On Dec. 13 at 10 am ET, John J. Ray III, CEO of the FTX Group, sat as a witness on a hearing entitled “Investigating the collapse of FTX, Part I.”
Addressing the committee, Ray described the FTX situation as the result of the following:
“A small group of grossly inexperienced and unsophisticated individuals who failed to implement virtually any of the systems or controls that are necessary for a company entrusted with other peoples money or assets.”
Ray said that it “immediately became clear” to him that he needed to file for Chapter 11, and he has since taken “meaningful steps” to regain “command and control” of the situation.
Ray’s testimony was revealed before the hearing, which was covered by CryptoSlate earlier in the day.
Questions from the House highlights
Mrs. Wagnar questioned Ray on his past comments describing the FTX debacle as “worse than Enron.”
Ray responded by saying that “literally there’s no recordkeeping whatsoever. It’s the absence of recordkeeping.”
Ray detailed that the recordkeeping was managed using Slack for invoicing/expenses and via Quickbooks.
“Nothing against Quickbooks, very nice tool, just not for a multi-billion dollar company. There’s no independent board. We had one person really controlling this.”
Wagner questioned Ray on whether SBF could have transferred customer funds to Alameda as a “mistake.” Ray responded, stating that he did not find “any such statements credible.”
Bankruptcy attorney and chair of the subcommittee on consumer, protection, and financial institutions, Mr. Perlmutter, highlighted a concern that Ray’s job is to:
“Gather as many assets as you can and that could be from some very innocent people who got paid money to then spread it out equally among who you think the real creditors are.”
In response to the concern, Ray detailed the complexity of determining the “ins and out” situation due to the “comingling of assets.
“That makes it a bit more complicated than simply how much is my coin worth?”
Mr. Huizenga then questioned whether customer funds from FTX.com were transferred to Alameda Research. In response, Ray said, “definitely, the assets of customers in the .com silo were transferred to Alameda, no question about it.”
Ray then highlighted the concern currently being investigated: “whether or not there is comingling between the .com silo and the U.S. silo exchanges.”
Huizenga turned then towards family involvement in the case, enquiring whether SBF’s father, Mr. Bankman received payment from FTX. Ray confirmed that “the family did receive payments.”
Huizenga met with SBF on Dec. 8, 2021, accompanied by his father, Mr. Bankman. Noting that SBF was 15 minutes late to that meeting, Huizenga said:
“I asked and focused on what types of regulation he was under his engagemnet with regulators and how that affected FTX but it seems that there’s a lot more to uncover here.”
Next, Mr. Emmer discussed Gary Gensler with Ray, stating:
“We know that Chair Gensler had more meetings with FTX than anyone else in the crypto industry.”
Emmer said that what was being negotiated was a “framework for digital asset exchange registration and token registration with the SEC that would benefit both parties.
Emmer detailed that this framework would “expand the SEC’s jurisdiction in exchange for the SEC’s preferential treatment of FTX over other industry participants.”
Explaining that Chair Gensler has refused to answer committee questions or testify before the committee, Emmer questioned Ray whether he would share “any internal documents” regarding communication between FTX and Mr. Gensler or others of the SEC.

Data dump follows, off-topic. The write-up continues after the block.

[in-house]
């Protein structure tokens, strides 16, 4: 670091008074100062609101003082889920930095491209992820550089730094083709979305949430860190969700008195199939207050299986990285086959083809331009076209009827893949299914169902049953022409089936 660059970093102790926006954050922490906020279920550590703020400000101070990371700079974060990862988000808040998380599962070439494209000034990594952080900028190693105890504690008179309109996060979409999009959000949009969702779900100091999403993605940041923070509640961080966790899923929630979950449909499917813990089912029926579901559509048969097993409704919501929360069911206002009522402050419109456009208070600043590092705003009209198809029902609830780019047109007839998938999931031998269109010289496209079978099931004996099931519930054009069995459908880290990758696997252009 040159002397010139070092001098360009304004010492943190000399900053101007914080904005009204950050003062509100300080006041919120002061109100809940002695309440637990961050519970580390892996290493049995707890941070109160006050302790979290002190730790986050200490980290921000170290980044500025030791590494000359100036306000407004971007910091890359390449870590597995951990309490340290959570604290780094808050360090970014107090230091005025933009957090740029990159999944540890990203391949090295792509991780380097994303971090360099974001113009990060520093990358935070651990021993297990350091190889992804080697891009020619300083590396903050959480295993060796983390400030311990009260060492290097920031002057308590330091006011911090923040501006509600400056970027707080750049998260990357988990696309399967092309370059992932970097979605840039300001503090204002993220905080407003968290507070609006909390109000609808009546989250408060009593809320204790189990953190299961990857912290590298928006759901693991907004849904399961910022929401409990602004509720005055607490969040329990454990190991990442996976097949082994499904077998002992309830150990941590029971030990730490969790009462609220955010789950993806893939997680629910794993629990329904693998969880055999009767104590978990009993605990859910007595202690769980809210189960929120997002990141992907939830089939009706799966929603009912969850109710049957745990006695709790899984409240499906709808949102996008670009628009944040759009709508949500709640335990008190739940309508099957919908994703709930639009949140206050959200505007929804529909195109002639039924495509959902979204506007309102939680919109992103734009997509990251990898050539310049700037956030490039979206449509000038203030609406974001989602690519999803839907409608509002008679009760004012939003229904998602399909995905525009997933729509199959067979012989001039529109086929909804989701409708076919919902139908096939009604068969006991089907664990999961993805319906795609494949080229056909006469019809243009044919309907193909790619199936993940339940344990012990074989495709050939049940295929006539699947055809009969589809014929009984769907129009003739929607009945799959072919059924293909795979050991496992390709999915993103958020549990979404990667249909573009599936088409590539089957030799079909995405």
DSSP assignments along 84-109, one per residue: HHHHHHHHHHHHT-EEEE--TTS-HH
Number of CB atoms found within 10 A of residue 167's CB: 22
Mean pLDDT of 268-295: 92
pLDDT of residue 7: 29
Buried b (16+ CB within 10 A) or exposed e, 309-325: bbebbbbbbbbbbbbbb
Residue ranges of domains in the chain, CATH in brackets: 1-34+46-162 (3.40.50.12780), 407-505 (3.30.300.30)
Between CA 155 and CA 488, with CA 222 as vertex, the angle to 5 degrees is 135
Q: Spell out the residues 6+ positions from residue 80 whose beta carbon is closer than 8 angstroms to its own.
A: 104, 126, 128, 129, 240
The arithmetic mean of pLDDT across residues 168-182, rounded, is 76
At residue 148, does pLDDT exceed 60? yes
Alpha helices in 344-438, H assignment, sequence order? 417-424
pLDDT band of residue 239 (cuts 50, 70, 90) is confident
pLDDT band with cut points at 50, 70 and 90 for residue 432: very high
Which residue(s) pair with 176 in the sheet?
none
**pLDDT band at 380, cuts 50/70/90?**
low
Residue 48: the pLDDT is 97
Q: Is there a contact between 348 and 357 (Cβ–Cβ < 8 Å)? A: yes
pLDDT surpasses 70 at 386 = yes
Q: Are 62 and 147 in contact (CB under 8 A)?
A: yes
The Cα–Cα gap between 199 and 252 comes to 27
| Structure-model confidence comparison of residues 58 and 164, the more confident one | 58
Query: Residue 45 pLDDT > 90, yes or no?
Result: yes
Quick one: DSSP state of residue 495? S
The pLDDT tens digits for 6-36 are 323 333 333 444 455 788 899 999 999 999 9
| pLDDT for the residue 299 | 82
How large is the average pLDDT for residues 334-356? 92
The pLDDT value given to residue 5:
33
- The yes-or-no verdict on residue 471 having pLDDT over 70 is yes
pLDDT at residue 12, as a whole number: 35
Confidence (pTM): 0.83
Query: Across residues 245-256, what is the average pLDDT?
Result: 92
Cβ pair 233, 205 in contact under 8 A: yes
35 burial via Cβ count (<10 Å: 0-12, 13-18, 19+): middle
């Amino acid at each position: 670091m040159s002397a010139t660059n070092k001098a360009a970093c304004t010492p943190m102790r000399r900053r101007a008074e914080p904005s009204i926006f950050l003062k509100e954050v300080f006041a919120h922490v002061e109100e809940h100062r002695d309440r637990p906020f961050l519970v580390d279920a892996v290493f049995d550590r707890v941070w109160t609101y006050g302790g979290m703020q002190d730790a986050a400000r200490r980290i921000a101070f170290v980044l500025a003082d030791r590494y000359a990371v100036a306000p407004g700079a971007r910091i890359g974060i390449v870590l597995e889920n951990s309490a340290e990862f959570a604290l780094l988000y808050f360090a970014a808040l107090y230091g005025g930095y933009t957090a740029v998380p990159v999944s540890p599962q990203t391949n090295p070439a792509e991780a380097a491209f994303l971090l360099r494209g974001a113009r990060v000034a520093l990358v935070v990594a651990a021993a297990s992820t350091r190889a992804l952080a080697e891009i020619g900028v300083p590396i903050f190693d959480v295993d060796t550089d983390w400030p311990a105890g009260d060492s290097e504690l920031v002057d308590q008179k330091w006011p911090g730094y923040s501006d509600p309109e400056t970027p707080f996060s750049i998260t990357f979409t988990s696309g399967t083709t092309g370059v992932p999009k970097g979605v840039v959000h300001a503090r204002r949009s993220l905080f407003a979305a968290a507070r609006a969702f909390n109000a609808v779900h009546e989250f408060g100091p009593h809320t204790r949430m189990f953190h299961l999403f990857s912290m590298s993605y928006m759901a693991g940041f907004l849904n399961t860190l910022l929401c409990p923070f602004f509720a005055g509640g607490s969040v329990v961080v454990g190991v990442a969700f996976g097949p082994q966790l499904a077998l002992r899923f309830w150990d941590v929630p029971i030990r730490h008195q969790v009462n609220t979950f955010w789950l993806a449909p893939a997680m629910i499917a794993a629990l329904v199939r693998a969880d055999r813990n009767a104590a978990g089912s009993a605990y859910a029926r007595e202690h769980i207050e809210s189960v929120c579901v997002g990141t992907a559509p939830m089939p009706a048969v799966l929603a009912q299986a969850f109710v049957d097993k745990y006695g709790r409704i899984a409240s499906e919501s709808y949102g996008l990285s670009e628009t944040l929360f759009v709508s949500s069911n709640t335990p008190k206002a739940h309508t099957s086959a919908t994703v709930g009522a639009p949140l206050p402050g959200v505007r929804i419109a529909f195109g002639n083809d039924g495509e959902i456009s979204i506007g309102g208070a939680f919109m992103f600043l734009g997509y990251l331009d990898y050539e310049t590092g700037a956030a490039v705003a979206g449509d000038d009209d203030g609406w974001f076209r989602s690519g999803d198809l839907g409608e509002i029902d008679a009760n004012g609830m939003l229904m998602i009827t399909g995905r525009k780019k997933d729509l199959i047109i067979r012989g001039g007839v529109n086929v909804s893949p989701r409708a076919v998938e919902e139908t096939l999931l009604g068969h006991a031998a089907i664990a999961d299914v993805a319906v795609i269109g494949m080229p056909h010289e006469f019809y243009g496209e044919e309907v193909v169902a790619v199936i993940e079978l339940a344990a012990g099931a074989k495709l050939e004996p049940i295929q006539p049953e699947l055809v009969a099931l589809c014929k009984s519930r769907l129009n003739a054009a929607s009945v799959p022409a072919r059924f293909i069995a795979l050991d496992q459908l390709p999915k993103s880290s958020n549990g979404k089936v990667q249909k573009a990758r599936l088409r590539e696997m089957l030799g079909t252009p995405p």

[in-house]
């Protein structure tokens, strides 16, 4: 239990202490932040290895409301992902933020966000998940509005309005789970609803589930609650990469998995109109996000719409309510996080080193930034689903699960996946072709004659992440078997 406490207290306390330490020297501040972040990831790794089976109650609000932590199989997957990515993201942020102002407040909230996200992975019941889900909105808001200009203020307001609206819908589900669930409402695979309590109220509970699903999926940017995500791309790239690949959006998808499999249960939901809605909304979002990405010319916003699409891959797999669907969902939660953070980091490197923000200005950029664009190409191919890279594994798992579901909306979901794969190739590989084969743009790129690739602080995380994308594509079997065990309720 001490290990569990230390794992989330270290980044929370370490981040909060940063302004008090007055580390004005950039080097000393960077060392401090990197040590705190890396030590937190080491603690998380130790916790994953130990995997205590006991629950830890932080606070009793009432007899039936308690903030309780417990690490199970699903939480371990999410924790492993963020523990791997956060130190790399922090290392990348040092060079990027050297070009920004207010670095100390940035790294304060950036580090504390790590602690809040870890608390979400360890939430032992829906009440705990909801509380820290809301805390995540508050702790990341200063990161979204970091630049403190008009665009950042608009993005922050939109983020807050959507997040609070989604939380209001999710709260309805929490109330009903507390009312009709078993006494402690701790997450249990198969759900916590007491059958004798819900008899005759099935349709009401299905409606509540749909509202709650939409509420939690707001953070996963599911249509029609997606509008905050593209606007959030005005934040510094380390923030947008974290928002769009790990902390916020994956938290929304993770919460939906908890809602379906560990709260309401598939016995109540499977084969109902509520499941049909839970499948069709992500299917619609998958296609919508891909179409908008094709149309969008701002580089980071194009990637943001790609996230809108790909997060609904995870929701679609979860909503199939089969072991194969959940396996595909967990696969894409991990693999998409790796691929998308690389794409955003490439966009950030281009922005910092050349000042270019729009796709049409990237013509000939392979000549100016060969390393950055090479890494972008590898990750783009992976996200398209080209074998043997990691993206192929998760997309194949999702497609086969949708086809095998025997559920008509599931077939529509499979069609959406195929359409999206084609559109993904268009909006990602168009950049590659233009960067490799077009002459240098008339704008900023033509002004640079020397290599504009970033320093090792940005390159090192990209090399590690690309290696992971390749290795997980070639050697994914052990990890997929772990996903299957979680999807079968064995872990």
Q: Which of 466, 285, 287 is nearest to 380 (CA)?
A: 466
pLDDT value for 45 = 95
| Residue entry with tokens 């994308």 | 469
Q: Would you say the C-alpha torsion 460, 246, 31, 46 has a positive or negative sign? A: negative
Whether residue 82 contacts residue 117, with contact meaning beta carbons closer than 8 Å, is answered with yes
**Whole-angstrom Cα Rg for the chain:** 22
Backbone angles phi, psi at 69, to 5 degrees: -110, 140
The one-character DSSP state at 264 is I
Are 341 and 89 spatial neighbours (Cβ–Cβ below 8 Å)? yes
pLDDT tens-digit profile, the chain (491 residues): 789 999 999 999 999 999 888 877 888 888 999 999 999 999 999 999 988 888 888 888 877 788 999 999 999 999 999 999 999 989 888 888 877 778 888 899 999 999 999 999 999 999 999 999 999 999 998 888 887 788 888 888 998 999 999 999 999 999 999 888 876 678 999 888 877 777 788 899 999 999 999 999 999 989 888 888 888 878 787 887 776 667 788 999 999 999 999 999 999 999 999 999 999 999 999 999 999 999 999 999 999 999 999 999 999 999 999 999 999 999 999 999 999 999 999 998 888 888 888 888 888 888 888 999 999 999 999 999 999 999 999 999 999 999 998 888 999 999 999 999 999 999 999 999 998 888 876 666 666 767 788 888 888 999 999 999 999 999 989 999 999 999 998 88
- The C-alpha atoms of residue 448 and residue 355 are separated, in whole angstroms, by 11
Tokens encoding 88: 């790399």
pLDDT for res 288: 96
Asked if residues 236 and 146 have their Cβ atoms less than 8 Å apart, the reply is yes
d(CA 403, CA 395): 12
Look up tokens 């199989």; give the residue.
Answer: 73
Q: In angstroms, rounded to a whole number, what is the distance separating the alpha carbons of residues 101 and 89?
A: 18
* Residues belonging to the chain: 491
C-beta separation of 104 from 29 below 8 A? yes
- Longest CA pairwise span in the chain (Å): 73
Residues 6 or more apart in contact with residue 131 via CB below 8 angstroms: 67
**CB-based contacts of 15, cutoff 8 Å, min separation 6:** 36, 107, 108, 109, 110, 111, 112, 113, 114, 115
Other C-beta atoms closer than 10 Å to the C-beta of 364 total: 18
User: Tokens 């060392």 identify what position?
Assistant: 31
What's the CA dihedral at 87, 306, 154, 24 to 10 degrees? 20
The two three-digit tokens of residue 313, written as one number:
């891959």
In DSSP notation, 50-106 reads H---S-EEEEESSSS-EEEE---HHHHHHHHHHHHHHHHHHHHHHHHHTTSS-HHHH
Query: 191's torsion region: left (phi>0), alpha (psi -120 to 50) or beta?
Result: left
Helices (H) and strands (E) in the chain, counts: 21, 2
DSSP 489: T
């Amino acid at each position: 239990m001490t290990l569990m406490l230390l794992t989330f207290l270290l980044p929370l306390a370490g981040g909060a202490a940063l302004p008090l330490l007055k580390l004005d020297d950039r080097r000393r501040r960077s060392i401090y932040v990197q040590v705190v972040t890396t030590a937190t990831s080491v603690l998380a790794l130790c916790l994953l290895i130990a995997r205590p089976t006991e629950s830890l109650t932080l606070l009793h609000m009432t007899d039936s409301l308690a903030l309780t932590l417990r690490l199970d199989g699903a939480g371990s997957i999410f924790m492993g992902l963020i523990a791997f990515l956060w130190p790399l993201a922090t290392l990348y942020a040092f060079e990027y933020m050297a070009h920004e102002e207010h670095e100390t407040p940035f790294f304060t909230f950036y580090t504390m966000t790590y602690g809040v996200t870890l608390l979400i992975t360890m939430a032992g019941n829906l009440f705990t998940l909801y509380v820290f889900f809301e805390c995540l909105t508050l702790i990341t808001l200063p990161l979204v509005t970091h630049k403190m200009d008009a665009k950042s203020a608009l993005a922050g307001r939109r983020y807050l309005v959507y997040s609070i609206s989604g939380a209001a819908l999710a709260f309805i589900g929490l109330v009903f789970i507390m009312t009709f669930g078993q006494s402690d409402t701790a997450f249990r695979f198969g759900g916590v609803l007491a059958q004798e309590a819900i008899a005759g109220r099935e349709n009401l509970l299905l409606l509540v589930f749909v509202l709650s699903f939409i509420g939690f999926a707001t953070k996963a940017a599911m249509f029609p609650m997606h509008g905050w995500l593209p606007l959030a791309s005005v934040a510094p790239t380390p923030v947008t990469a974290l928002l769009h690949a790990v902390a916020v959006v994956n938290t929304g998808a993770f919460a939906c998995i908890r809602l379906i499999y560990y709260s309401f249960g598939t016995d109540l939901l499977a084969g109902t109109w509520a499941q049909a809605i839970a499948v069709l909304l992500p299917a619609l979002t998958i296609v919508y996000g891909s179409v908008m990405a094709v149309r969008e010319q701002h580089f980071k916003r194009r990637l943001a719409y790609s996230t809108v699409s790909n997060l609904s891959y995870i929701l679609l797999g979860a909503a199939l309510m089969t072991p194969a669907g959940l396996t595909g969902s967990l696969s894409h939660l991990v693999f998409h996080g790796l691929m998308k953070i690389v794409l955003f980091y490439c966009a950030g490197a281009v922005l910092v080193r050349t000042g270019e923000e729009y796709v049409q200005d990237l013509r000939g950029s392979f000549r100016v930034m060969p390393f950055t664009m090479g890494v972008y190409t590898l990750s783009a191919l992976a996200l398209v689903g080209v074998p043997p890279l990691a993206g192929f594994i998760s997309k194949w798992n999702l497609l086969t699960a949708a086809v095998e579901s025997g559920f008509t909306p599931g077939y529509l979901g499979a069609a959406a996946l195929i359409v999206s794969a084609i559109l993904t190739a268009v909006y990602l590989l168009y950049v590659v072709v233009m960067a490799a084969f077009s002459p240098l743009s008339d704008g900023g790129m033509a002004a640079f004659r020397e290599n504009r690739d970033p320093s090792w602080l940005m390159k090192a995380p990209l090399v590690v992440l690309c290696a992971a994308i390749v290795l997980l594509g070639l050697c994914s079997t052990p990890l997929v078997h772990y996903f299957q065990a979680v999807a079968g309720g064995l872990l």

“We can certainly work with your staff to get you what you need.”
Ray then confirmed to Mr. Steil that assets were moved out after the bankruptcy. Ray continued to reveal that funds were transferred after the petition date and were done both as a part of a hack and by the Bahamian authorities with the help of SBF.
“It is our view that it violated the automated stay of bankruptcy.”
Under questioning whether SBF was working to undermine the bankruptcy proceedings, Ray responded by saying, “it appears so.”
“We have opened up to share everything we have with the Bahamian authorities.”
Ray also stated that he had not seen a similar level of transparency from the Bahamas.
While some new information was disclosed during the hearing, several House Committee members used their time to attack crypto, calling it “a garden of snakes” and “like counting chewing gum.”
Much of the hearing ignored the relevance of FTX.US, the only entity regulated in the United States, with most customers being U.S. citizens. Instead, the conversation focused on FTX.com and Alameda Research, along with the potential 2% of FTX.com users who reside in the U.S.
Members of the Committee showed a lack of understanding of blockchain as they failed to comprehend basic terminology such as “token minting,” with Mr. Vargas even declaring, “I don’t get the point of cryptocurrency, to begin with…other than if you’re a terrorist or someone that wants to hide money.” Mr. Cleaver even suggested that the industry should rebrand to “CreepyDoCurrency” instead of ‘cryptocurrency.’
Ray, however, chose not the throw the crypto industry under the bus by dodging questions about whether crypto should be regulated by the SEC or CFTC.
The current CEO often stated that he was unable to comment on specific matters related to totals of losses or the timeframe for customers to be able to make withdrawals. He also said that he was unsure whether FTX.US customers would receive 100% of the funds they deposited onto the U.S.-regulated exchange.
Worryingly, Ray also revealed that he had not yet been able to find all the private keys for all the FTX wallets that have been identified but that his team is discovering new funds every day.
Complete coverage of the hearing was live-streamed on CryptoSlate’s YouTube channel.